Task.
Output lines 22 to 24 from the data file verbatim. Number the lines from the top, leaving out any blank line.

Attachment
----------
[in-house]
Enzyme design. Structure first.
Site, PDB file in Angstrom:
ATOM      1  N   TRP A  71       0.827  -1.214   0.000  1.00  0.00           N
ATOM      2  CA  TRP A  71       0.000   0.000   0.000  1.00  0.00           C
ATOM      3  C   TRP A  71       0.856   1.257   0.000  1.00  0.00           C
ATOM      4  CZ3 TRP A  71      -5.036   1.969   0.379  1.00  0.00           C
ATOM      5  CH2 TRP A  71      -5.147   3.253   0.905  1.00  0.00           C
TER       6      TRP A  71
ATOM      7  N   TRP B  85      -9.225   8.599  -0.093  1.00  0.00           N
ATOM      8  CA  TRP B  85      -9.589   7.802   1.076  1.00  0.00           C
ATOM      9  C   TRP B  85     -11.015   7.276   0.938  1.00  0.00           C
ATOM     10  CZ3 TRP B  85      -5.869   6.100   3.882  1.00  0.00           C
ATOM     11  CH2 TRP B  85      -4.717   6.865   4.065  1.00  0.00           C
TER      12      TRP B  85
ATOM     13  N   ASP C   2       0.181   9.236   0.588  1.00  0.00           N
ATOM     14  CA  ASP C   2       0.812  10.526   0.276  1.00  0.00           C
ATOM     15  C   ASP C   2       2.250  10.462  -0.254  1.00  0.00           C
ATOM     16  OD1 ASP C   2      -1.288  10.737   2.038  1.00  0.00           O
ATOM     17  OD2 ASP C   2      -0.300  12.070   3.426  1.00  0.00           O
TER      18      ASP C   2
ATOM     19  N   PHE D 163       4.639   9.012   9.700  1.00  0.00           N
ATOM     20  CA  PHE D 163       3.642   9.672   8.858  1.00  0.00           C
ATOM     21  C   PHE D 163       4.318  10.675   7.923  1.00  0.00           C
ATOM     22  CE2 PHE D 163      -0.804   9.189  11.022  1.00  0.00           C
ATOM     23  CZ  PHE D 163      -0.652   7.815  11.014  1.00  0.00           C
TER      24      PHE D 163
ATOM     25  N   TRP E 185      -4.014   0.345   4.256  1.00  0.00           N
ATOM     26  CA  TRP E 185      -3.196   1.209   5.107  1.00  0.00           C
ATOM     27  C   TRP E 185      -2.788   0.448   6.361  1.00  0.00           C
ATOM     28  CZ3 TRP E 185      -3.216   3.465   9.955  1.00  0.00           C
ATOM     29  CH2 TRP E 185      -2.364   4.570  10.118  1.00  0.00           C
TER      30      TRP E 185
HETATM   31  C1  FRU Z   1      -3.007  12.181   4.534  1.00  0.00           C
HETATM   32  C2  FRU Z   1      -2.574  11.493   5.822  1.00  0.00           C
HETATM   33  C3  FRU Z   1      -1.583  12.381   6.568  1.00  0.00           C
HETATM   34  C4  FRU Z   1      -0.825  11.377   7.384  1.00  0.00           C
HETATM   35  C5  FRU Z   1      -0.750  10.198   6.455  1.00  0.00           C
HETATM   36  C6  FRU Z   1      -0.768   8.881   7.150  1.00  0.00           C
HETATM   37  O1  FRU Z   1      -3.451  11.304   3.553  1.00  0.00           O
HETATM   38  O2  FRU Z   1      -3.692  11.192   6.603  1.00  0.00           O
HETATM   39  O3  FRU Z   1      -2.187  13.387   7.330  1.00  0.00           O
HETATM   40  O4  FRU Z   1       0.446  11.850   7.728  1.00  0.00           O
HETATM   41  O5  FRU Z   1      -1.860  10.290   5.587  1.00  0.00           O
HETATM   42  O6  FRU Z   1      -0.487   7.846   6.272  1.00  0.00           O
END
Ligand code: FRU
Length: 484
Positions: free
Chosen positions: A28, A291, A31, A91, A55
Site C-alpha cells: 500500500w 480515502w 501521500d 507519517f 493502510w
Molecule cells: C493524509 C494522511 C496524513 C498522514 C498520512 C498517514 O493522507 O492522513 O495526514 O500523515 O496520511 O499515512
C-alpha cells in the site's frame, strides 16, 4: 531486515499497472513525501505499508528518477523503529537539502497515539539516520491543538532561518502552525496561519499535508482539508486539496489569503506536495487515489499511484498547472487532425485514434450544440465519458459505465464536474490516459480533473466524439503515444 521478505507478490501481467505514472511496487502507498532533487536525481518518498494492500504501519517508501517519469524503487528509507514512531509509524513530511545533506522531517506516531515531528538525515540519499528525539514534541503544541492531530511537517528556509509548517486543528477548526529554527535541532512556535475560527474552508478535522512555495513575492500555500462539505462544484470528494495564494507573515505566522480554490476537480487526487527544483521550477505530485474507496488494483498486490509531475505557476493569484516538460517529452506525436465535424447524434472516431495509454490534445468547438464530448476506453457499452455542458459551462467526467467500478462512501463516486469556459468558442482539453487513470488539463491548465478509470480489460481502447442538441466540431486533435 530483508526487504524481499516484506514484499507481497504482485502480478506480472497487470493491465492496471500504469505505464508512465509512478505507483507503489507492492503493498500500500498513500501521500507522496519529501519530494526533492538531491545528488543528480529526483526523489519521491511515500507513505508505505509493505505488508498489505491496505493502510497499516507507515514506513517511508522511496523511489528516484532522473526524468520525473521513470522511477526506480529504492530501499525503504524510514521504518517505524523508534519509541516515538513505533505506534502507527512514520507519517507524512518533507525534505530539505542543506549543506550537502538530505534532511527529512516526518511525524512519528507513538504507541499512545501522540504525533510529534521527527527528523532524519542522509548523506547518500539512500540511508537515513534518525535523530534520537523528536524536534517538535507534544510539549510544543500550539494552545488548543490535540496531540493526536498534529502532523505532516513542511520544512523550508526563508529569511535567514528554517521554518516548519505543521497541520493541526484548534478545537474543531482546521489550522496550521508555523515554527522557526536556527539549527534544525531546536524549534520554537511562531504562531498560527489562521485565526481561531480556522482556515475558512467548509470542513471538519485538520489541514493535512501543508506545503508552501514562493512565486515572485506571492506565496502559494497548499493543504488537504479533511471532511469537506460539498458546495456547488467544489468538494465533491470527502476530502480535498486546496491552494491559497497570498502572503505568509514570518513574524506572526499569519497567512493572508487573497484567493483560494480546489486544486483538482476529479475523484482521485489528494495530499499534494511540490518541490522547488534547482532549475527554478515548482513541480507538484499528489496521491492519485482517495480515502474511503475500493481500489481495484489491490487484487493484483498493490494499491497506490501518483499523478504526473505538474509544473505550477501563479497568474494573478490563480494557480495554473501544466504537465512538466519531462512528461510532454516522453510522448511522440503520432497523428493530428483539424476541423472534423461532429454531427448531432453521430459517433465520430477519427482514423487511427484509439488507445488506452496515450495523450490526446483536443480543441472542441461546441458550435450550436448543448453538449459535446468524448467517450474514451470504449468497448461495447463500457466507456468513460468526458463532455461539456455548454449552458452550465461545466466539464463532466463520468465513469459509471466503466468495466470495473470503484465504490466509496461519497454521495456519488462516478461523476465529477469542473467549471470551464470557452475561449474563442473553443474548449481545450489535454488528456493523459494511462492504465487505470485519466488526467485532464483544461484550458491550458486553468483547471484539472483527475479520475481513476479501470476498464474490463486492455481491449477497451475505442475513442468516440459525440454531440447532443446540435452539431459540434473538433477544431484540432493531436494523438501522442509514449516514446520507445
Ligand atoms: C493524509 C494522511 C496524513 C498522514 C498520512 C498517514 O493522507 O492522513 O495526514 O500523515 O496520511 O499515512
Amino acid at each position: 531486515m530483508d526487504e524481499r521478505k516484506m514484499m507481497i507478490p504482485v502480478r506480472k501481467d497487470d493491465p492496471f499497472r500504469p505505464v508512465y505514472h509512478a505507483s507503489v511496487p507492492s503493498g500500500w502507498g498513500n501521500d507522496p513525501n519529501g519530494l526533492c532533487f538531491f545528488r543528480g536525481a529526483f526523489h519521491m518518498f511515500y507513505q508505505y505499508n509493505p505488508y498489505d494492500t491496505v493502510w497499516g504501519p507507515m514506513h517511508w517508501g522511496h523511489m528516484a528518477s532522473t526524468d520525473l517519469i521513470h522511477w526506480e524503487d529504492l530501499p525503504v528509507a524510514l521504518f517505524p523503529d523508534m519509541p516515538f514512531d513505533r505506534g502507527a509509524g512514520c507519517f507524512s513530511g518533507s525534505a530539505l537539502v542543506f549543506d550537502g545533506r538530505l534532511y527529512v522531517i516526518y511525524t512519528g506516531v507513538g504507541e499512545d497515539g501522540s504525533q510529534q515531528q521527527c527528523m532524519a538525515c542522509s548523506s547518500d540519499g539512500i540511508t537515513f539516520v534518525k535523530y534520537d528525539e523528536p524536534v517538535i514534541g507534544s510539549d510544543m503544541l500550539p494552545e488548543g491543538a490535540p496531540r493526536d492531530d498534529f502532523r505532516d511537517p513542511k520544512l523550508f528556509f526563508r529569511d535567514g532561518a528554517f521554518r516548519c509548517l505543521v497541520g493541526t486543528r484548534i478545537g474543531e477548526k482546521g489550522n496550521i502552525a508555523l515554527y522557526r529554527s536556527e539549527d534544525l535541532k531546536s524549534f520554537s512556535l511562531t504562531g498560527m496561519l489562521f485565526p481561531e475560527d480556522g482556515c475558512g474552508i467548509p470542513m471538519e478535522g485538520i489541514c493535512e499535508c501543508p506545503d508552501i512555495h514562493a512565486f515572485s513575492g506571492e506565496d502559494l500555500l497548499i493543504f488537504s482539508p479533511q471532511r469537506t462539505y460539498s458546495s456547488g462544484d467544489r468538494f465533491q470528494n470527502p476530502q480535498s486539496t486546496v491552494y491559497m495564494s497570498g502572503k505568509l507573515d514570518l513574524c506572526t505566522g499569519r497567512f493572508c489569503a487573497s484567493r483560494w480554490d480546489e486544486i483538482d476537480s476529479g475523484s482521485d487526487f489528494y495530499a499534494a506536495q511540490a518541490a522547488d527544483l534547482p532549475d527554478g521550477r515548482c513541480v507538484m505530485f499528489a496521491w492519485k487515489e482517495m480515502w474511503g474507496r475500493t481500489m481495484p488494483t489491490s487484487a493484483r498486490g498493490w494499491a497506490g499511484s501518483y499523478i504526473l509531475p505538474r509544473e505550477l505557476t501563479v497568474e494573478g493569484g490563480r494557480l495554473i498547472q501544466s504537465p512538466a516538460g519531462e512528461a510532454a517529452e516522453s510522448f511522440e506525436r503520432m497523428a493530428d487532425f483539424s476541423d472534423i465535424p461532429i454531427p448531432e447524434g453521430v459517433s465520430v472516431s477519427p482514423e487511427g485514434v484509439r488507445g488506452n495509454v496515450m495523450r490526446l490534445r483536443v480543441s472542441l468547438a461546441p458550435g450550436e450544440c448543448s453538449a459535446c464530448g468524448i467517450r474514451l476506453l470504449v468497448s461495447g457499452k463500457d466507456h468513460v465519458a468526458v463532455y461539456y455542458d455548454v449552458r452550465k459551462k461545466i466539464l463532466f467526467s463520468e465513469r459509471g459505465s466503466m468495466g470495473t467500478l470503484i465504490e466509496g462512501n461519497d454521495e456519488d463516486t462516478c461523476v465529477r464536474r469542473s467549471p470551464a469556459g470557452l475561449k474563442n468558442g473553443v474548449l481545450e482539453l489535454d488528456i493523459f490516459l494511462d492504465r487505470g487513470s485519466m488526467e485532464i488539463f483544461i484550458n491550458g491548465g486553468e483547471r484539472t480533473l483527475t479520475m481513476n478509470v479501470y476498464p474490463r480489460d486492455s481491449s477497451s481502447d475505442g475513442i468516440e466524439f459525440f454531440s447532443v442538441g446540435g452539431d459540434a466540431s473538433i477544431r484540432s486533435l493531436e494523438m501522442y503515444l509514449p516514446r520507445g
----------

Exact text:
ATOM     19  N   PHE D 163       4.639   9.012   9.700  1.00  0.00           N
ATOM     20  CA  PHE D 163       3.642   9.672   8.858  1.00  0.00           C
ATOM     21  C   PHE D 163       4.318  10.675   7.923  1.00  0.00           C